Sunday, March 12, 2006

Twofer plus

I got two pieces of wonderful mail this past week.

The first was an email from an advisee who'd graduated last December telling me that she's been accepted by a very good grad program. The bonus? She's NOT going into English literature, but into a field where there are a reasonable number of jobs for MAs and PhDs.

(What does it say that I discourage my best students from studying to do what I do? I love what I do, after all. But the job market is horrid, and anyone coming from Northwoods U, and competing against students from Ivies or near Ivies is going to have a heck of a time getting into the best programs or having any real shot at jobs. )

The second was a real letter from a Peace Corps friend. I'd written to N a while back, at the closest thing to an address I could find after some ten years about the reunion this summer, thinking N might want to go. But I was getting worried that either my letter had never actually made it, or worse, that something had happened to N and the letter had no destination anymore, despite Derrida's assertions to the contrary.

But no, there in my mailbox was a return letter from N.

N's one of those people I felt an instant connection with when I first met. I haven't had that feeling all that often in life, and certainly N and I had little in common when we met except that we were both Peace Corps volunteers in training, both spoke English, but we had that connection.

One of the hardest times for me in the Peace Corps was after my first Christmas. My fellow trainees and I had just moved to our service sites, and mine was pretty much out in the middle of nowhere. The closest volunteers were (so far as I knew at the time) 2+ hours away by bus, and while I'd heard rumors that there were American missionaries in the area I lived in, I didn't know them, and pretty much didn't have anything in common with them when I did.

Anyway, I went up to the capital near where we'd had training, having been invited to spend Christmas with the family I'd lived with during training. Christmas was quiet and nice, the family warm and friendly as always. I'd pretty much prepared myself for a hard Christmast, my first away from home, and I was fine.

The day after, I went into the capital to go to the phone office to call my own family back home. Basically, you'd go into the office, sign up, pay down a deposit, and then sit and wait, and depending how crowded things were, in the next hour you'd hear your name called, and go into a booth, and when you picked up the phone, it would ring, and if you were lucky, someone would be home and you'd talk for a few minutes. (Usually I arranged by letter with my family, promising to call every month or so on this or that day or weekend within a couple hours, after working out the time differences.)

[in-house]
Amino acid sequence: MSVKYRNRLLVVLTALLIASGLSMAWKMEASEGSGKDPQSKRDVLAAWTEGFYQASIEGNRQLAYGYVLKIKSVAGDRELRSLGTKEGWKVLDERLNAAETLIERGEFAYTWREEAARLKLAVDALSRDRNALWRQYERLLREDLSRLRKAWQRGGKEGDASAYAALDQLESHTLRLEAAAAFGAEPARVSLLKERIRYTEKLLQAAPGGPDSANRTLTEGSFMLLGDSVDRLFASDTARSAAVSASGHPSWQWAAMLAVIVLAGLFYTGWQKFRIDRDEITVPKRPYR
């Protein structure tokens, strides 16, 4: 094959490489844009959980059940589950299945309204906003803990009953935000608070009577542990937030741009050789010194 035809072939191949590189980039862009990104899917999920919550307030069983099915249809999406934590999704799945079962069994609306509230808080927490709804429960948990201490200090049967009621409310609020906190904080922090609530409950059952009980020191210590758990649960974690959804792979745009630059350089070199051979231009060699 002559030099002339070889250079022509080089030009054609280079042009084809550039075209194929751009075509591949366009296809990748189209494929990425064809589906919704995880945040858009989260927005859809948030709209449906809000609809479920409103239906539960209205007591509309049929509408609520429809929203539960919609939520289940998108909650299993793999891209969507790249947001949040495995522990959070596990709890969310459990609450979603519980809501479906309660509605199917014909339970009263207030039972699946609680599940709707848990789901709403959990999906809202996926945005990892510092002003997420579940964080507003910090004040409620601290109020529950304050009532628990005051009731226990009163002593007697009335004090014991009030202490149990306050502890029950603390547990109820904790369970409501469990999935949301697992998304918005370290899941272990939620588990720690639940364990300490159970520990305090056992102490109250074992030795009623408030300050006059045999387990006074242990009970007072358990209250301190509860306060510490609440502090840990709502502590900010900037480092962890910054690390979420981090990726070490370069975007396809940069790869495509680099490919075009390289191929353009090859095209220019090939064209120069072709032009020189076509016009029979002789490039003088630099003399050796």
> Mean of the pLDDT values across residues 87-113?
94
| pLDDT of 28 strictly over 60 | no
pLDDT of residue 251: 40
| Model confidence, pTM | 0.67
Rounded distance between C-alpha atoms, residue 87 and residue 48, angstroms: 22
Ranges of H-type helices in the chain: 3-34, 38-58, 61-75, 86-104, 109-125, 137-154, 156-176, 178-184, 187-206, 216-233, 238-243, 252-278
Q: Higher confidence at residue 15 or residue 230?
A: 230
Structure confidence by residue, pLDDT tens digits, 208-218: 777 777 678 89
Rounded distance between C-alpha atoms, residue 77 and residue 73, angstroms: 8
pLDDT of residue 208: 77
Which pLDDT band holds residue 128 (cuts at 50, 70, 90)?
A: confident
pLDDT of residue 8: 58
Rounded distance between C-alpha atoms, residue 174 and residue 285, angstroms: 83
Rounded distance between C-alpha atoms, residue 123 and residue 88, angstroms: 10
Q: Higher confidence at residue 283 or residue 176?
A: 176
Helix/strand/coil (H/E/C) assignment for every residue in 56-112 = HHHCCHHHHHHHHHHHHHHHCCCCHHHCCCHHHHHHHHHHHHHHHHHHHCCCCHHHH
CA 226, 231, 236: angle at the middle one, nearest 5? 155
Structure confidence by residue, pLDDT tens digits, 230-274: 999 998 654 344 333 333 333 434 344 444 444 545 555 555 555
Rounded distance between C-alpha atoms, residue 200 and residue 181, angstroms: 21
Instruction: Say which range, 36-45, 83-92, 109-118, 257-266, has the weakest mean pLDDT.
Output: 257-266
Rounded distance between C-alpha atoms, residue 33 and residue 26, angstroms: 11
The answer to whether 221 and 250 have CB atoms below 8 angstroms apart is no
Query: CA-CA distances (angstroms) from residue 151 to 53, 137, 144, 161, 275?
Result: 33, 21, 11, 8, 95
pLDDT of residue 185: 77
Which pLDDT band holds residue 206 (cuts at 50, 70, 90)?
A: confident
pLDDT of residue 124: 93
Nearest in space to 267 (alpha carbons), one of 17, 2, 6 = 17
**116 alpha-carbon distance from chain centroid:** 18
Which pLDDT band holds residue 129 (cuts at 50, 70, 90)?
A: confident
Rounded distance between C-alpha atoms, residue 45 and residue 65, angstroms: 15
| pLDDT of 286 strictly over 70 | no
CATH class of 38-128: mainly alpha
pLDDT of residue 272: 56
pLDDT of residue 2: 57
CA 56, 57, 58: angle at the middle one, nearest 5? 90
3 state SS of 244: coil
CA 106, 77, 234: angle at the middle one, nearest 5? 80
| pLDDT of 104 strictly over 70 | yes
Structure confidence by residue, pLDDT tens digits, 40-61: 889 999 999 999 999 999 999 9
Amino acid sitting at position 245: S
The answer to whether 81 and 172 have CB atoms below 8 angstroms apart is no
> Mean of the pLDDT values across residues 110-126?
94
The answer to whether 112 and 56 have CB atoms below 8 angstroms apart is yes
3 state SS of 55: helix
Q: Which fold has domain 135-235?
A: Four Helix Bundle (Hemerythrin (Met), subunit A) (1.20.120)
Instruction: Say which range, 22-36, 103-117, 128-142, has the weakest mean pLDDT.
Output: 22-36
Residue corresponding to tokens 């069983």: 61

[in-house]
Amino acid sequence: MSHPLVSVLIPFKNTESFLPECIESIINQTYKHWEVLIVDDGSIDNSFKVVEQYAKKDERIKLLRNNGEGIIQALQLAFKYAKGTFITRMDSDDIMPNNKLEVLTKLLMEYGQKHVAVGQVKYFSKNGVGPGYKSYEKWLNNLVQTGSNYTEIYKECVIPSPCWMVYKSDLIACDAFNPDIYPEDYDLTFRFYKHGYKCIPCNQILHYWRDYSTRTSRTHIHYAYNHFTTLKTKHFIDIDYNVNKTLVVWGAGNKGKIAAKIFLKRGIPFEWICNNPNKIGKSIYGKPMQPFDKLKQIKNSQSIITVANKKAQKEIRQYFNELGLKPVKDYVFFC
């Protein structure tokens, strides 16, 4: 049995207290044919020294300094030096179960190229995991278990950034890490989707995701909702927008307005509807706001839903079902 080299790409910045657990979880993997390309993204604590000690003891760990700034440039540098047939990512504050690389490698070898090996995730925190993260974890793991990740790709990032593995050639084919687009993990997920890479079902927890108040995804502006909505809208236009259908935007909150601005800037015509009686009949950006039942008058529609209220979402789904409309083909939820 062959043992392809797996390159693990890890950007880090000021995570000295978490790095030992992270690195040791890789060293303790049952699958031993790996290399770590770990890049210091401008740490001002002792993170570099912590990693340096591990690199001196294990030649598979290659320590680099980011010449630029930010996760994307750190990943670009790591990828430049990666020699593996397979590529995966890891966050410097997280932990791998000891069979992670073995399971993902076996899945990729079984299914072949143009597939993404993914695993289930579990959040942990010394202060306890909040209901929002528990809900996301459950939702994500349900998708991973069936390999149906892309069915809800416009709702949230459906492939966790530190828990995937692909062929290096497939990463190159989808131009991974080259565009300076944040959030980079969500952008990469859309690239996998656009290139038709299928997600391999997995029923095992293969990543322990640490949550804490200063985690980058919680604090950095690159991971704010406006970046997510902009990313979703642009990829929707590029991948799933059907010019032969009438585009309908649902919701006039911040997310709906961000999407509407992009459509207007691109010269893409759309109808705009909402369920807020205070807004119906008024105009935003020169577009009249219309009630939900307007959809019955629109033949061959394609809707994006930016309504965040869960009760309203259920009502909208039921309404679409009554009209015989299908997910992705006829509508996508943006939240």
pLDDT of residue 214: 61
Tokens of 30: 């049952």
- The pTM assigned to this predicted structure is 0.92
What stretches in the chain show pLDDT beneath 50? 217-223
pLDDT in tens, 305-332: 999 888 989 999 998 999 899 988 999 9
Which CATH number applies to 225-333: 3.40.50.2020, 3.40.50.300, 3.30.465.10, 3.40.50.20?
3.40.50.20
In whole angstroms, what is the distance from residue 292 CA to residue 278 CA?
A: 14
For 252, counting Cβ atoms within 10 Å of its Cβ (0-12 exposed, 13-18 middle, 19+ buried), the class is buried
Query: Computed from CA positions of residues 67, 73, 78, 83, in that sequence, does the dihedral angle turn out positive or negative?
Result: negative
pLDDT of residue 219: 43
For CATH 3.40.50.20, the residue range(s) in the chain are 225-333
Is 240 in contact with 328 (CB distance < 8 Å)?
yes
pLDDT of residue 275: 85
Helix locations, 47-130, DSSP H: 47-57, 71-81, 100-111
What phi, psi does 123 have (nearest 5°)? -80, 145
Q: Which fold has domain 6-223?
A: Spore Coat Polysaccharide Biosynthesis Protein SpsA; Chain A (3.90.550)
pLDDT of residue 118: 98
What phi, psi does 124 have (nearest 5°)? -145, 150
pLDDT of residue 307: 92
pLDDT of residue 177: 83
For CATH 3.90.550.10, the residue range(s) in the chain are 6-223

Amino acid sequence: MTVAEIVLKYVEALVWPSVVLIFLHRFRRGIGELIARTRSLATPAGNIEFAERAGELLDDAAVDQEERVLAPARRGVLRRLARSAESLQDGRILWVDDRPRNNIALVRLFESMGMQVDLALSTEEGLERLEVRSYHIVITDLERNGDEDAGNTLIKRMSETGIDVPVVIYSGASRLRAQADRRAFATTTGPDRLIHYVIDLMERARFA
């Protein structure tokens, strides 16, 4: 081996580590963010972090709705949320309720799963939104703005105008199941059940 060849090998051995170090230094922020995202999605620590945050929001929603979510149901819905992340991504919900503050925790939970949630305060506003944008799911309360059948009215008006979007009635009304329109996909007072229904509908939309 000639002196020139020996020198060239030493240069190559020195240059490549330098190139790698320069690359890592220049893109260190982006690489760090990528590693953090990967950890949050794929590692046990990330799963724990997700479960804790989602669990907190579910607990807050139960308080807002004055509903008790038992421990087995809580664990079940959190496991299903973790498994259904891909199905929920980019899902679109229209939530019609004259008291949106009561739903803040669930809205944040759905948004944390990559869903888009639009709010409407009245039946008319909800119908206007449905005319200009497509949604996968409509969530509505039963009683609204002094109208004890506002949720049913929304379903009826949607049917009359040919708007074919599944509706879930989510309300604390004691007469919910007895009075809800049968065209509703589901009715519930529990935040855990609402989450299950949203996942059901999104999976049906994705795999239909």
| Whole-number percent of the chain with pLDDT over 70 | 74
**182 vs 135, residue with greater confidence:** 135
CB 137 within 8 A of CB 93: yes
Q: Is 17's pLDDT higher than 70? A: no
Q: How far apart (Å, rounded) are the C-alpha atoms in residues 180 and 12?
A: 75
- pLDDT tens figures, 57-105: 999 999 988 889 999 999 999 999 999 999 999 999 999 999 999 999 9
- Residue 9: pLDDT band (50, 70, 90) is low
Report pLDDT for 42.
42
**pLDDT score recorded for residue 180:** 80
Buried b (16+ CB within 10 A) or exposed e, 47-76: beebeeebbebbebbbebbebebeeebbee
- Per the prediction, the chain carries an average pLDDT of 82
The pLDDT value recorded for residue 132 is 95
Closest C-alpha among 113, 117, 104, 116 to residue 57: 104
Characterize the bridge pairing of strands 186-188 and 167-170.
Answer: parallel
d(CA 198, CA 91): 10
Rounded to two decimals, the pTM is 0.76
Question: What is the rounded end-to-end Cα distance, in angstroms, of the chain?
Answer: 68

So, I waited around the office, went into the booth, spent a few minutes talking to my family, an experience at once incredibly satisfying, and also a total reminder of how cut off I felt, and how alone. I hung up, and walked outside, and there, also leaving after calling her family, was N.

We hugged, and then I think we sat on the phone office steps for a good hour and cried together. Of course, we were young, stupid, and blah blah blah. But it's not everyone you can remember crying with like that.

(I should remember how lonely I was then when my students talk of homesickness.)

I need to go visit N again, and soon. Of the many incredible people I met in the Peace Corps, she's the one who stands out for me, still.

On the plus side, a friend from afar is actually visiting me in flyover country this coming break. No one willingly visits flyover country much, so this is a special treat. I need to find some great stuff to do!

And on the even more plus side: I went for a two hour bike ride today, and saw the first Robins of spring, and a Cardinal singing his heart out. There were people ice fishing, still, on one of the lakes along the bike path. (In case you're wondering, there's a sport I just don't see myself getting into.)

I also went to the pet store (where I haven't had much need to go lately) and got a new thistle bag feeder and some suet for the yard.

And now, for everyone who's been wondering: I made chocolate cake/chocolate chip cookies yesterday for the practice session for a team I'm on (to raise money for a local charity), and they went over well. So, thumbs up for the chocolate cake mix cookie thing! (The cookie dough itself also got an A!)

Okay, back to grading!


  1. Out of curiousity, what is the field your student is going into where PhDs and MAs can actually get jobs? Maybe I should switch (just kidding).

  2. Related to English, composition studies and sci/tech writing both have pretty good job markets at MA and PhD levels, so far as I can see.